On one side are increasing numbers of people for whom basic needs have become aspirational, and on the other are the many farmers who say they are struggling to make any money from growing and rearing the food that we eat.

The latter was underlined earlier this year following suggestions from the UK Environment Secretary, Thérèse Coffey, that people should be eating home-grown turnips rather than imported tomatoes. Amid the backlash from commentators disgruntled by soaring supermarket prices and empty shelves, it emerged that Ms Coffey seemingly hadn’t realised that the UK’s biggest turnip producer – located in her constituency – had stopped growing them months earlier because he couldn’t charge enough to make up for the rising cost of energy and fertiliser.

Starting tomorrow in The Herald 👇



However, there are many facets to the food supply chain and the crisis currently besetting it. Between primary producer and consumer are a raft of butchers, bakers, processors and other manufacturers who themselves are scrambling to make ends meet amid the rising cost of labour, commodities and energy.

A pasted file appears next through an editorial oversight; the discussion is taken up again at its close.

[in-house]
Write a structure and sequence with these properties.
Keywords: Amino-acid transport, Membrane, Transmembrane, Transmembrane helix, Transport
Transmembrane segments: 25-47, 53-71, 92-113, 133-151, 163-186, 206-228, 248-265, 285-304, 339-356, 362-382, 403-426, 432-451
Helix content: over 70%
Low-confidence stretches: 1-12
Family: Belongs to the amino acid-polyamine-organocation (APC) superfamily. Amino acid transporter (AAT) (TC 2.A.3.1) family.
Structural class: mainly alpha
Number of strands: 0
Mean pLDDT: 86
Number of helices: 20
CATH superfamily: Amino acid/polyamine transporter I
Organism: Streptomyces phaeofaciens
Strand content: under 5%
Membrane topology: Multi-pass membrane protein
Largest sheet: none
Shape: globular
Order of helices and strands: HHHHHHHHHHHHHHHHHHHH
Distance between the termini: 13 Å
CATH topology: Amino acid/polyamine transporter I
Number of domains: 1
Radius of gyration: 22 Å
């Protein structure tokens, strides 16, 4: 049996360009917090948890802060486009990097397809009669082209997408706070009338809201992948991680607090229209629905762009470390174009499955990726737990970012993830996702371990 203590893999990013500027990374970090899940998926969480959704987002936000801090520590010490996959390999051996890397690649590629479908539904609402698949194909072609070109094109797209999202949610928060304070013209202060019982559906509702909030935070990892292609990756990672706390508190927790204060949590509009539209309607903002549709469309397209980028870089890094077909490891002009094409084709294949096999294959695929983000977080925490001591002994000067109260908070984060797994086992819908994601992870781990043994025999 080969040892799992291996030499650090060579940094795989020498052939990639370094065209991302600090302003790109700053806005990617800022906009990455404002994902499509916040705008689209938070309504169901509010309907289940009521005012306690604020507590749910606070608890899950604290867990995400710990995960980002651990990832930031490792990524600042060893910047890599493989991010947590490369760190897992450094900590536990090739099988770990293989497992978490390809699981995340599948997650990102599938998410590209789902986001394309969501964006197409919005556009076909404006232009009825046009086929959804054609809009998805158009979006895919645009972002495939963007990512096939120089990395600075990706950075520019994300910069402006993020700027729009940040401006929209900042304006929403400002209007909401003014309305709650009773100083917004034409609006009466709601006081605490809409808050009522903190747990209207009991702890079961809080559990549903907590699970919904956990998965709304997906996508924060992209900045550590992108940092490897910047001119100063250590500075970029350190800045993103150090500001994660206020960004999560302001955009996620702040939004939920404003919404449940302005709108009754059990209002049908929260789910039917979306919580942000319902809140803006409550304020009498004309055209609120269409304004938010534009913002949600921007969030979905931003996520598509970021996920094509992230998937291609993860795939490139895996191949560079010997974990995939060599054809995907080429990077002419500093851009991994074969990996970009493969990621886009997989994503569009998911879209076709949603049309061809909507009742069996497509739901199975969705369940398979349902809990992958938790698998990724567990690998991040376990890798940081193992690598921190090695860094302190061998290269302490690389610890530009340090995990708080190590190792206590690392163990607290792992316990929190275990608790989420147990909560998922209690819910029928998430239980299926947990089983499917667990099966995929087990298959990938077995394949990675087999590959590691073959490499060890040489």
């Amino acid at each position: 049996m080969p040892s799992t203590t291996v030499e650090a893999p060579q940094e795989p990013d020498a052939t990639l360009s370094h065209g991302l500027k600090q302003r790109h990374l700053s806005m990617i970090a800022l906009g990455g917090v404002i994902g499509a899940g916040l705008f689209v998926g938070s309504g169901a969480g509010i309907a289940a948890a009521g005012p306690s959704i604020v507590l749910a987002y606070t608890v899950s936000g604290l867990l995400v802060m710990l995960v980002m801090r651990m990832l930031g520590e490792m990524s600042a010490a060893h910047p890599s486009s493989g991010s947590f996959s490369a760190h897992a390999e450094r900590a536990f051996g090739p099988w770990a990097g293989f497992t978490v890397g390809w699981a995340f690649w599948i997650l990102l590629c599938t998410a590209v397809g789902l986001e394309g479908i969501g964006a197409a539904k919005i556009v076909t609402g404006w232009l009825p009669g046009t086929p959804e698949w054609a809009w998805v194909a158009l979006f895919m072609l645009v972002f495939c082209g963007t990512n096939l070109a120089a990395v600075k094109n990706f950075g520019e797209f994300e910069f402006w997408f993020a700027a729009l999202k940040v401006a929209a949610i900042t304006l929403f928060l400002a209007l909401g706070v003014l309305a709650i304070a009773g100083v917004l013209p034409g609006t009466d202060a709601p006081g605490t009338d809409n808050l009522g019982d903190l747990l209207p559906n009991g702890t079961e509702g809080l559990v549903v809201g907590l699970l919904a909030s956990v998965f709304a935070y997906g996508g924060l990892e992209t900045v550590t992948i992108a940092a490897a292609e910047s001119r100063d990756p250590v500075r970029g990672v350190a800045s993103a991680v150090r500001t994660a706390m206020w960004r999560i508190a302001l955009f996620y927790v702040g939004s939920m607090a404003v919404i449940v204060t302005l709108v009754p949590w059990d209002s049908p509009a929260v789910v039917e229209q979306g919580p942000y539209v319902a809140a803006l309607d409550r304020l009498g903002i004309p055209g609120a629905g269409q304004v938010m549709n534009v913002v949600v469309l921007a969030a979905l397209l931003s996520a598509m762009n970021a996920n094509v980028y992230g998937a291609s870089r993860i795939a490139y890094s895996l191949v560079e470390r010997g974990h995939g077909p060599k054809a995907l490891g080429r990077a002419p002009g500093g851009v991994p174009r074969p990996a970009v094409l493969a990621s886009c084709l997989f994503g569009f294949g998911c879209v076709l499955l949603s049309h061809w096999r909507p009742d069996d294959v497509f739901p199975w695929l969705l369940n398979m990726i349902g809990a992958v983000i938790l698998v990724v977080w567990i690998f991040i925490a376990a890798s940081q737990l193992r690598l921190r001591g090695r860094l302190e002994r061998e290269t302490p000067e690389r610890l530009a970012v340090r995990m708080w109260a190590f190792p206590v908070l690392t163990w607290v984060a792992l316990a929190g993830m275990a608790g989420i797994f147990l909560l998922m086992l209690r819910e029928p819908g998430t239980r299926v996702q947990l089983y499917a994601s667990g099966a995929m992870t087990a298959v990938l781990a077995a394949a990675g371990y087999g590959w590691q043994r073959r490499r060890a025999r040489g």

With about 40 per cent of all food and drink consumed in the UK brought in from elsewhere, the sector is more exposed than many to factors beyond these shores. The impact of the war in Ukraine – previously one of the top three grain exporters in the world – is common knowledge. Inclement weather in countries such as Spain and Morocco triggered the widespread shortage of salad crops that led Ms Coffey to call on us to “cherish” seasonal UK produce.

READ MORE: Grocery inflation hits new record high

European imports that do make their way here are subject to additional delay and paperwork in the wake of Brexit, which has also slashed the number of seasonal workers available to grow and harvest domestic crops.

And of course there are the supermarkets, the linchpins of the consumer experience. They too have taken a hit, yet at the same time continue generating profits in the hundreds of millions.

One recurring theme is the close link between energy prices and that of food, which is an energy-intensive business. According to the UK Food Security Report produced by the Department for Environment, Food & Rural Affairs (Defra), natural gas which has surged in cost accounts for about 60% of total energy needs in the food and drink manufacturing sector.

Food is the ultimate energy source – without it, we would die. It’s time to take a long, hard look at how we eat.